Quality sleep is best achieved by maintaining a consistent sleep schedule that feels right for you. People are “genetically predisposed” to different bedtimes and rise times, says Smith, hence the night owl and early bird phenomenon. “Preferably, you go to bed when you want to go to bed, and wake when you want to wake,” he says. Try using Fitbit’s sleep tools to set a schedule and stick to it.
If adhering to a regular schedule isn’t possible, monitoring how long it takes you to fall asleep and wake up can help you figure out whether your sleep schedule is out of whack. “Follow the 30-minute rule,” says Smith. “If it takes you more than 30 minutes to fall asleep, or you begin waking up 30 minutes before you set your alarm, see your doc.” If you feel “content” with the amount of rest you’re getting—if you’re feeling happy, healthy and alert—then you’re probably getting enough.
You know too many nights of too little sleep can seriously impair your physical, mental, and emotional health—cue the I’m-sorry-for-what-I-said-before-I-had-my-coffee memes—but research now shows that getting too much shuteye may be just as bad.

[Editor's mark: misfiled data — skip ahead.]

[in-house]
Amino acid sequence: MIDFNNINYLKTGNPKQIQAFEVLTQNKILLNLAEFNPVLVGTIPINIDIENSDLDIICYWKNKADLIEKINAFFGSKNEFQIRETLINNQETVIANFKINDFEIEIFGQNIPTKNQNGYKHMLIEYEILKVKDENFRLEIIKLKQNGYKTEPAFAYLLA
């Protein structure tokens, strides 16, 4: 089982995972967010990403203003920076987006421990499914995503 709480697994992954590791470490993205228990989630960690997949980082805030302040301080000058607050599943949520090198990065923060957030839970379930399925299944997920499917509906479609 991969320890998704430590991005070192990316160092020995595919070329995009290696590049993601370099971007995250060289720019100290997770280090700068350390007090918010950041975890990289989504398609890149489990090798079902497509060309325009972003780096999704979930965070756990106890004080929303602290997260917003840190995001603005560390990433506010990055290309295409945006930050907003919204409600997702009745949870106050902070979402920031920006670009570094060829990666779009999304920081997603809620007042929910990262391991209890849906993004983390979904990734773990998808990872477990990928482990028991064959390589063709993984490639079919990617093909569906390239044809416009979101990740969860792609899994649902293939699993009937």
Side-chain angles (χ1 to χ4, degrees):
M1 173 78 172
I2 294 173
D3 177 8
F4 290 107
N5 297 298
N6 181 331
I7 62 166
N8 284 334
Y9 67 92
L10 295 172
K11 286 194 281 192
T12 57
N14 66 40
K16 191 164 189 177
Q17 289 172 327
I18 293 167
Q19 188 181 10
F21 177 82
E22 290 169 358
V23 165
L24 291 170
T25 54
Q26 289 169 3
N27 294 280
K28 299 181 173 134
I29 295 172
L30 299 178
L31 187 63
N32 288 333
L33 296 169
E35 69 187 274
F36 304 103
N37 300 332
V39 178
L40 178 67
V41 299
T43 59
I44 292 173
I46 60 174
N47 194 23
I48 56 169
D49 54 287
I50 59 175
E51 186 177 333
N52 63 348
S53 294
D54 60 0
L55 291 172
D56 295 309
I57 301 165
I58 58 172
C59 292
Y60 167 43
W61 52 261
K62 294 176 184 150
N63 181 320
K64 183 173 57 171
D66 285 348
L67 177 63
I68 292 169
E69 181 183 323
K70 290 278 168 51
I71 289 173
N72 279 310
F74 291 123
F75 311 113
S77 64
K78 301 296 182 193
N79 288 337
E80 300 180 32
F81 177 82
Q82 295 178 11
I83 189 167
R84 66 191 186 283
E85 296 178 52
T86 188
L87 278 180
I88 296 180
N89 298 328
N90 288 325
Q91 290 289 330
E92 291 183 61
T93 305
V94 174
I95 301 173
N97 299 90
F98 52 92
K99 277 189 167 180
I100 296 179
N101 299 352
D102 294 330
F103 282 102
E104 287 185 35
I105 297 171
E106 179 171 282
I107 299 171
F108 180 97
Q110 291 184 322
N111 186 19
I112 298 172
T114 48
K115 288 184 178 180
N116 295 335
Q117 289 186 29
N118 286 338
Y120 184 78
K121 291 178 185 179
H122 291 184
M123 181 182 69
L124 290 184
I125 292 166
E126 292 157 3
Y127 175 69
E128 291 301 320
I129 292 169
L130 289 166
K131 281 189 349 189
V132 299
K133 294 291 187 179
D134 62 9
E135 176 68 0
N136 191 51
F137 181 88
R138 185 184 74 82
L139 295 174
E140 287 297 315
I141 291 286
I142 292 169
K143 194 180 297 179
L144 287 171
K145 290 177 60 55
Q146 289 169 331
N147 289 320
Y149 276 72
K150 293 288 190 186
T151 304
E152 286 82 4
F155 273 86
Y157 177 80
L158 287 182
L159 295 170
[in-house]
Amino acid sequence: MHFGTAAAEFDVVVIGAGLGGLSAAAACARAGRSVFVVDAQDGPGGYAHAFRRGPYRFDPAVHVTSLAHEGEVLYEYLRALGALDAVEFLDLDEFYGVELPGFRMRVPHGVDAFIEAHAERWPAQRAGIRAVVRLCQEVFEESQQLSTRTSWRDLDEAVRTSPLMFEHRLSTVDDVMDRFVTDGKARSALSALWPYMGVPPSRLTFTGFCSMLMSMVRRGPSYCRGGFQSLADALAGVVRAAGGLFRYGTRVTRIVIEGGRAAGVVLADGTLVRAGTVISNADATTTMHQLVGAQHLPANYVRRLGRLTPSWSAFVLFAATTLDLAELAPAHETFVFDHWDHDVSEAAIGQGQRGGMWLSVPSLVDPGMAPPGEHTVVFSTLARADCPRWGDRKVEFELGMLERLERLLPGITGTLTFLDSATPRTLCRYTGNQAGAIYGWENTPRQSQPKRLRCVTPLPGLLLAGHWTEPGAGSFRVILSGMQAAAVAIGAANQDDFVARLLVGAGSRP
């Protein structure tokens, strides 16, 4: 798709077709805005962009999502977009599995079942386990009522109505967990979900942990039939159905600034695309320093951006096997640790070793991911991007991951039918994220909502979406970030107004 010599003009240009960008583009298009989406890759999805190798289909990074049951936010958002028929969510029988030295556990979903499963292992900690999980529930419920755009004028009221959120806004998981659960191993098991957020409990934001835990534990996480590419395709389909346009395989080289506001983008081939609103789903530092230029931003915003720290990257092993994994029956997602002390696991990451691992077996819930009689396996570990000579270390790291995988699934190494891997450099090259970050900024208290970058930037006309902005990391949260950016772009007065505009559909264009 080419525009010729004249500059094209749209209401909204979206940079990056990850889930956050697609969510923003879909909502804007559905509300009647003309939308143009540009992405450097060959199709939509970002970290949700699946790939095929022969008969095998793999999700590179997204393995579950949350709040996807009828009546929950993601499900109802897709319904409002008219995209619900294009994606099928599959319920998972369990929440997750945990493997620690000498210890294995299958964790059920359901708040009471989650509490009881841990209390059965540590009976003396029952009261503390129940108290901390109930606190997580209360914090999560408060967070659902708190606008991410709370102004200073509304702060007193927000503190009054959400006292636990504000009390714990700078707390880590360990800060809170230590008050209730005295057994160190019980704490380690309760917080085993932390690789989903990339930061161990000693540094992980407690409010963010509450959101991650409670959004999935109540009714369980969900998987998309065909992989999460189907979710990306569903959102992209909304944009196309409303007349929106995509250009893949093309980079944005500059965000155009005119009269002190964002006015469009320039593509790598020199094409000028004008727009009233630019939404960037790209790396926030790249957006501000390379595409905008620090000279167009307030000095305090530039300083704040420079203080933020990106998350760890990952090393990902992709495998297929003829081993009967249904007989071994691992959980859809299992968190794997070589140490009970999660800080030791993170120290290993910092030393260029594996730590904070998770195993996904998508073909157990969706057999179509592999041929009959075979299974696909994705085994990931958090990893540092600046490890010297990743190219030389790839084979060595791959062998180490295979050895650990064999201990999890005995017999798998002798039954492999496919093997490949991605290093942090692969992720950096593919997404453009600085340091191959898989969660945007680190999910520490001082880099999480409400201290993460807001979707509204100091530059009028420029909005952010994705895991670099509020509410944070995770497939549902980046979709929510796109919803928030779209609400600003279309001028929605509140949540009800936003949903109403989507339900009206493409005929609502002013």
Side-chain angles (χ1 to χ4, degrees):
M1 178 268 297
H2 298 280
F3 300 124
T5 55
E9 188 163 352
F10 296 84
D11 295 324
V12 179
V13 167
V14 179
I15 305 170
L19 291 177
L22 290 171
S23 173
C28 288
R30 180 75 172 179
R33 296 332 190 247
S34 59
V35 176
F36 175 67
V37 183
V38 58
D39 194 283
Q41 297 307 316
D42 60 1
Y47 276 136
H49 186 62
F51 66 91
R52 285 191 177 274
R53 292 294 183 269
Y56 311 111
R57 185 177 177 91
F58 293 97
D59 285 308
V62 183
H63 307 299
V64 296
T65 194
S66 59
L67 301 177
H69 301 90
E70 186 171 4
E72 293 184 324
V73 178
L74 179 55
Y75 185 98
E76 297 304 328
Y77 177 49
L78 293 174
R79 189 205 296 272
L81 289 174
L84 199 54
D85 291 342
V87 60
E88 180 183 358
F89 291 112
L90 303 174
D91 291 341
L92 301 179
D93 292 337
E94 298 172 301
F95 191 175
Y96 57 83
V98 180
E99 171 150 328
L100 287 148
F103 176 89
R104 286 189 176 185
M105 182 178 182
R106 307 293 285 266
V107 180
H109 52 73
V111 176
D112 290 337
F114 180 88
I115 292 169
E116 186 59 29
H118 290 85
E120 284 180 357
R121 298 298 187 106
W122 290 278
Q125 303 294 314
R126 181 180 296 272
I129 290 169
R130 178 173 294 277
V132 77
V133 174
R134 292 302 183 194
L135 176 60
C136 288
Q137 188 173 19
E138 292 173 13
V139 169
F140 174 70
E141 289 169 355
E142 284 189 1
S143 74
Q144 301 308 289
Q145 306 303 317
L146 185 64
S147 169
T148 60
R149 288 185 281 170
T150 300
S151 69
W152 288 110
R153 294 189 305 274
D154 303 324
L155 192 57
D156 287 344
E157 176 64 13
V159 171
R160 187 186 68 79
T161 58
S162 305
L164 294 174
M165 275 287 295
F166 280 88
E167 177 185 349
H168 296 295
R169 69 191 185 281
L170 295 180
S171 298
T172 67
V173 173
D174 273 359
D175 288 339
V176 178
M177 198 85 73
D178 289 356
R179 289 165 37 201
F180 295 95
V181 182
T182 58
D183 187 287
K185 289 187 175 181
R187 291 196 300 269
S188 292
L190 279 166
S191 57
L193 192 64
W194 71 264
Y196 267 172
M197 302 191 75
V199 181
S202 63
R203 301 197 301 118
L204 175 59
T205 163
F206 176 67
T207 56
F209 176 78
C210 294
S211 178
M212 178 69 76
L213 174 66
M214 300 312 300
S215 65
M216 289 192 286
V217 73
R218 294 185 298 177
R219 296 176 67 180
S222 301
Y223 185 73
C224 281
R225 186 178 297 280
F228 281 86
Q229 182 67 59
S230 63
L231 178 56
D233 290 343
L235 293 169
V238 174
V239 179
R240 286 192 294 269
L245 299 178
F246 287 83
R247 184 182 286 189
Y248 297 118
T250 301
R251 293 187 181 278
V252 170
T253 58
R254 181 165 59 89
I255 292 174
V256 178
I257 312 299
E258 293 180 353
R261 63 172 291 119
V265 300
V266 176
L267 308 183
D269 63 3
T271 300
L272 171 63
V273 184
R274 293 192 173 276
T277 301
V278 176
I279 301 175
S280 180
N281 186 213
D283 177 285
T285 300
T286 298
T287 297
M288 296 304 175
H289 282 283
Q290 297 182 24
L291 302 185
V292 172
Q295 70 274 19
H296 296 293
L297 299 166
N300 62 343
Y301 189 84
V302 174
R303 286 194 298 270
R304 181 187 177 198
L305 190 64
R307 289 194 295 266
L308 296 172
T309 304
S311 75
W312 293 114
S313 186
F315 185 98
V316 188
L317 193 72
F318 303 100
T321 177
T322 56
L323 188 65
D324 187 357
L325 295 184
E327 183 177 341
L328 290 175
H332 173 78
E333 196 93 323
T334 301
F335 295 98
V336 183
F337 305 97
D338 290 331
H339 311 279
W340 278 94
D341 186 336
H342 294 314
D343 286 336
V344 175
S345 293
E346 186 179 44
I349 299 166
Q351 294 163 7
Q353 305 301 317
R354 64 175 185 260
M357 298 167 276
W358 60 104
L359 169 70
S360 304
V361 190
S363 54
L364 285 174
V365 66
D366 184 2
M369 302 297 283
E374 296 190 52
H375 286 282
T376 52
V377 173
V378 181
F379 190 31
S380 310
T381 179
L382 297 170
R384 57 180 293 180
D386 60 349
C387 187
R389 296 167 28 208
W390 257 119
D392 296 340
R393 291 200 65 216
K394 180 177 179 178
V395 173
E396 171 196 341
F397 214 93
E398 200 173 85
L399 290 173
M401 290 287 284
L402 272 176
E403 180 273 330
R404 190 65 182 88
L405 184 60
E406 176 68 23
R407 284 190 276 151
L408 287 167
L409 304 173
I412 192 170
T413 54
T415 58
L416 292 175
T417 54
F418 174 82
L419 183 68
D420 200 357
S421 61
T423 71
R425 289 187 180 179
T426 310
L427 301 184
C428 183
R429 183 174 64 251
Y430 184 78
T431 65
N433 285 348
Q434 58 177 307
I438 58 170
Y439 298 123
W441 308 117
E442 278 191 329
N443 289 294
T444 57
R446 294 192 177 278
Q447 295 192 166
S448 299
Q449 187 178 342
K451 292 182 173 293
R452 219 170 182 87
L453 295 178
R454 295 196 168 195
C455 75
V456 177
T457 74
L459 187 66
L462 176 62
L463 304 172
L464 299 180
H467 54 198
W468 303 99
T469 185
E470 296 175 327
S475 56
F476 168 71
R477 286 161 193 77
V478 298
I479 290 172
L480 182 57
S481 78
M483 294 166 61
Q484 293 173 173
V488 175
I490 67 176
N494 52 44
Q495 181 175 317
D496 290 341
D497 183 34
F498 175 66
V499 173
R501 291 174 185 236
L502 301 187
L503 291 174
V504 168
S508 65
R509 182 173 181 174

A 2015 review of studies found that people who sleep fewer than seven hours a night or more than eight have a significantly increased risk of developing type-2 diabetes. Short and long sleepers also tend to gain more weight than moderate sleepers, according to another study. And then there are the brain effects of prolonged sleep—things like memory impairment in older adults and an increased risk of developing dementia.
“There are several theories regarding increased sleep and its association with obesity and diabetes,” says family medicine doctor, Natasha Bhuyan, MD from Phoenix, AZ. “One theory is that people with sleep apnea have an increased need to sleep longer, and they are also at risk for obesity and diabetes. Another theory is that the long sleep itself is just a symptom of underlying issues, like depression. Certainly, it doesn’t seem that longer sleep duration is the cause of these health hazards; rather, there is some association that needs to be studied further.”
It’s crazy to think you should put a cap on something that’s so good for you, but that’s exactly what some experts recommend. Unfortunately, figuring out whether you’re getting too much sleep—and what to do about it—isn’t cut and dry. Below, advice from leading health experts you won’t want to sleep on.